Cars have long been synonymous with women. In fact when Steve Taylor from Coupling goes on his infamous Inferno rant, he names the four pillars of the male heterosexual psyche - naked women, stockings, lesbians and Sean Connery best as James Bond. It is a pity there is no space for cars in there. In a generalized world, cars will probably replace stockings. It may be old fashioned and possibly obsolete an idea but the flexing of the male ego and the illusion of control is objectified with cars. The point is how well Ron Howard uses these seemingly obvious and unimaginative trope with amazing results.
His first explicit use is when the initial stages of the 1976 F1 season is underway and Niki Lauda (Daniel Brühl) is well ahead of James Hunt who’s had a disastrous start. It is worse for Hunt because he discovers his wife’s relationship with Richard Burton and there is a scene soon after their separation (Chris Hemsworth is surprisingly wonderful in playing the living-it-up driver who is always on the edge - of his life and his mind) when Hunt joins the mile high club with a flight attendant. Howard interlaces these scenes with Hunt’s season soon after, all pistons blazing when he registers podium finishes and gains on Lauda in the drivers’ championships.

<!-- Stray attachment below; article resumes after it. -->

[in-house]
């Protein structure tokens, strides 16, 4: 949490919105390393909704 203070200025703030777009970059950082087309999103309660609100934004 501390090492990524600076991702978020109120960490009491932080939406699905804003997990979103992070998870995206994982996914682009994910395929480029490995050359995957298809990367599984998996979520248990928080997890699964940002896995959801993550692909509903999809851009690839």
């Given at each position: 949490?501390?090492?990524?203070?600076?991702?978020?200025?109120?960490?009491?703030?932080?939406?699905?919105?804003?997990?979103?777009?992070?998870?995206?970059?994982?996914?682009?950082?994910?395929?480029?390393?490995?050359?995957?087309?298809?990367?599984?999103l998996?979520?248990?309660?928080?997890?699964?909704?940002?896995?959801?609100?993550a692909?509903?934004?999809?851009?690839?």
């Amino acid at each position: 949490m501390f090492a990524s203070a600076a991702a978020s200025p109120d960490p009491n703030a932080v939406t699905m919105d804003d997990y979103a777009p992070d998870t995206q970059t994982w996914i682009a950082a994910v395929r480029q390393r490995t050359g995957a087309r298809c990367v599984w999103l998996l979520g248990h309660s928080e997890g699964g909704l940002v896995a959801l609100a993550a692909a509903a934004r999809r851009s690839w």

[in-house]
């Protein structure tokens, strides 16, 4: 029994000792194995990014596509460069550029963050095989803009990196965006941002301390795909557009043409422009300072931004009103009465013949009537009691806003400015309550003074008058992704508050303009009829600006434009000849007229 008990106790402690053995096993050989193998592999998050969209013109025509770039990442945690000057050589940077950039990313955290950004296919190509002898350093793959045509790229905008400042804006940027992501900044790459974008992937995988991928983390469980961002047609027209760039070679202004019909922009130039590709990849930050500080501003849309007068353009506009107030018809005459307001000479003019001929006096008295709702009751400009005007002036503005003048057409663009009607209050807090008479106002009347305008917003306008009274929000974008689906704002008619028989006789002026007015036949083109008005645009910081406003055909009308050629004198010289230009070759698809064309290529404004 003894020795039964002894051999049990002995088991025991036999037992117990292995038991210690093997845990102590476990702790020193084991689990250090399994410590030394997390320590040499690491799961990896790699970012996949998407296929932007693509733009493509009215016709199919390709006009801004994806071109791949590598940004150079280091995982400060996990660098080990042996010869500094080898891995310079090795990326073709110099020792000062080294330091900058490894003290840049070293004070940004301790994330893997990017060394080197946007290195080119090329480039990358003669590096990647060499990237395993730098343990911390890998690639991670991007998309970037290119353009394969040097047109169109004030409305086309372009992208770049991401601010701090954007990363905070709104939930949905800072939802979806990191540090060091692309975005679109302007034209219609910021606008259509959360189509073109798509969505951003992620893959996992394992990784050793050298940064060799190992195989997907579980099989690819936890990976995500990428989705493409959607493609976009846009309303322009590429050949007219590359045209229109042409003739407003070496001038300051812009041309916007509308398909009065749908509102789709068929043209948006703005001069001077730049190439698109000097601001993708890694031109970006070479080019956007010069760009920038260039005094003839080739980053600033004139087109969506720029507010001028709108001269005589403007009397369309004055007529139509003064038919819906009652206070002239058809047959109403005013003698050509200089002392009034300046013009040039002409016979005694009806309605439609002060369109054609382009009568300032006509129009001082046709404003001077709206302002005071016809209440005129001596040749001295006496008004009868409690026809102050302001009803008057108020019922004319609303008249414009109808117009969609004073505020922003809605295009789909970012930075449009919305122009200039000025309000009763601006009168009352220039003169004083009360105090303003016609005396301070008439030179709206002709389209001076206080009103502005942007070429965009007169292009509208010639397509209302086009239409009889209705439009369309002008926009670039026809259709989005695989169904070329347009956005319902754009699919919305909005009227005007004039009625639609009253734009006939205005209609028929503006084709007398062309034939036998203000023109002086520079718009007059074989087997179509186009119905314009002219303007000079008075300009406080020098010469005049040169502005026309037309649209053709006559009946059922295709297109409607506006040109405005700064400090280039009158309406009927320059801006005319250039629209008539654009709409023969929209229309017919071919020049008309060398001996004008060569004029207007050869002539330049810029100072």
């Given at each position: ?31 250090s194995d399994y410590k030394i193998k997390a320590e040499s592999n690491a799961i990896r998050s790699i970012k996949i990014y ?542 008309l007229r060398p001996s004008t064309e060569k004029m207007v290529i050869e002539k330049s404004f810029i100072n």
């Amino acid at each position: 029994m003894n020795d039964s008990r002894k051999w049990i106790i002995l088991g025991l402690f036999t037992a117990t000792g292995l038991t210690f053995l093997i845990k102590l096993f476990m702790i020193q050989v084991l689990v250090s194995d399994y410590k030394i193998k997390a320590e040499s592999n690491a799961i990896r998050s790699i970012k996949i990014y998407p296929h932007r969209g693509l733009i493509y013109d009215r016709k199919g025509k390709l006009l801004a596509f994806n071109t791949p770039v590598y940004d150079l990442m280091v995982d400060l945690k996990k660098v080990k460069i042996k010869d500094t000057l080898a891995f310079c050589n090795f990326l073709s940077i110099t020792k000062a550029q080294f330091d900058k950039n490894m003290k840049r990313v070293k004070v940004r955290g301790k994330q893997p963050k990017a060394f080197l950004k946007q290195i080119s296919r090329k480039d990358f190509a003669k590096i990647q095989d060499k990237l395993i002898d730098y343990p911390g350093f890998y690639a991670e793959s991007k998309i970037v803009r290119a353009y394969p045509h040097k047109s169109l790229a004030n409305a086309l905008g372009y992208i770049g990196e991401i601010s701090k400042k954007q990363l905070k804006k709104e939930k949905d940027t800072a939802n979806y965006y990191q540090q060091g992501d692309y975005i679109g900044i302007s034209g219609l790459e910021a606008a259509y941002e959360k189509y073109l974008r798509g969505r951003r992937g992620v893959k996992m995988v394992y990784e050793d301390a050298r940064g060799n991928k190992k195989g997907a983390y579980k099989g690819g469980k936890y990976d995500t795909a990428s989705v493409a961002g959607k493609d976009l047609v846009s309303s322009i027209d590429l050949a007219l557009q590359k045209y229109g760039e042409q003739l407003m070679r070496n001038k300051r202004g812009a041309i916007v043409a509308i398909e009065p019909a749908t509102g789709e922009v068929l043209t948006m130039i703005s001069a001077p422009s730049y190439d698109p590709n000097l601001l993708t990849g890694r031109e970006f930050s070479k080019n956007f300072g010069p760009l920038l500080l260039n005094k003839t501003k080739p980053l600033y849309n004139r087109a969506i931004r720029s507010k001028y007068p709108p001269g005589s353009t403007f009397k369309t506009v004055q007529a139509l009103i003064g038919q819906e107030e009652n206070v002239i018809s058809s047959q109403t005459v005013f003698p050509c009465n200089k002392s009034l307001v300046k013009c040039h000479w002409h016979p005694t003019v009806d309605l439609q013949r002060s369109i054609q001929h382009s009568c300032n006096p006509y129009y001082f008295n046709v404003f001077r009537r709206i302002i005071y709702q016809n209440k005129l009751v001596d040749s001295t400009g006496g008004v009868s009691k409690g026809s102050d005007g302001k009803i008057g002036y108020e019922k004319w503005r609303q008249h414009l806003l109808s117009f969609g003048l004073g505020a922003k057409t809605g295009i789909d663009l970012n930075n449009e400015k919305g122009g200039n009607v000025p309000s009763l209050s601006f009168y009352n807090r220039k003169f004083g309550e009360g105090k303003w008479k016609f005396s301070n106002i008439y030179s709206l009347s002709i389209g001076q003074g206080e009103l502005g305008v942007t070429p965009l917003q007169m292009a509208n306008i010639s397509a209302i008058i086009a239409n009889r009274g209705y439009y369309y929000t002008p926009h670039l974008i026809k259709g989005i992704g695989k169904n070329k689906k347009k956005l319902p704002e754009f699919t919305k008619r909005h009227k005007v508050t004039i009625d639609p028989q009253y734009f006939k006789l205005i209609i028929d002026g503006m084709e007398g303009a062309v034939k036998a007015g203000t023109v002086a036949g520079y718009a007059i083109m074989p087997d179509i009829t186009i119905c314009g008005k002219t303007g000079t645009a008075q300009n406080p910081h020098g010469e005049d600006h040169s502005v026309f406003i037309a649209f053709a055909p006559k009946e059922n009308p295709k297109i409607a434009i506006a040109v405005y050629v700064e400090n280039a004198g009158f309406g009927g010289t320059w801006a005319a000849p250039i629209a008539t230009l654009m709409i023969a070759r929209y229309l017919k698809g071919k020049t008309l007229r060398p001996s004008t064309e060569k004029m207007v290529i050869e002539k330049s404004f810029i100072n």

This is how Ron Howard chooses to show the lives and rivalry of two storied F1 champions - through their respective philosophies of life and how they live it. Hunt lives dangerously both on track and off it. Lauda is more cautious, always choosing consistency and efficiency over speed. When Hunt meets Suzy whom he marries soon after, she seems to already know him, his character and his reputation. When Marlene and Niki Lauda meet, she is just giving a lift to the guy who wants to leave the party early. It takes two guys who help the stranded couple to tell her she is with the Ferrari F1 driver.
If you are an F1 fan this is a great retelling of the rivalry between two champions and more importantly, two great characters. If you are not, enjoy the thrill ride because like an F1 race, there is never a dull moment. Watch it in the theatres and preferably in one that has seat belts.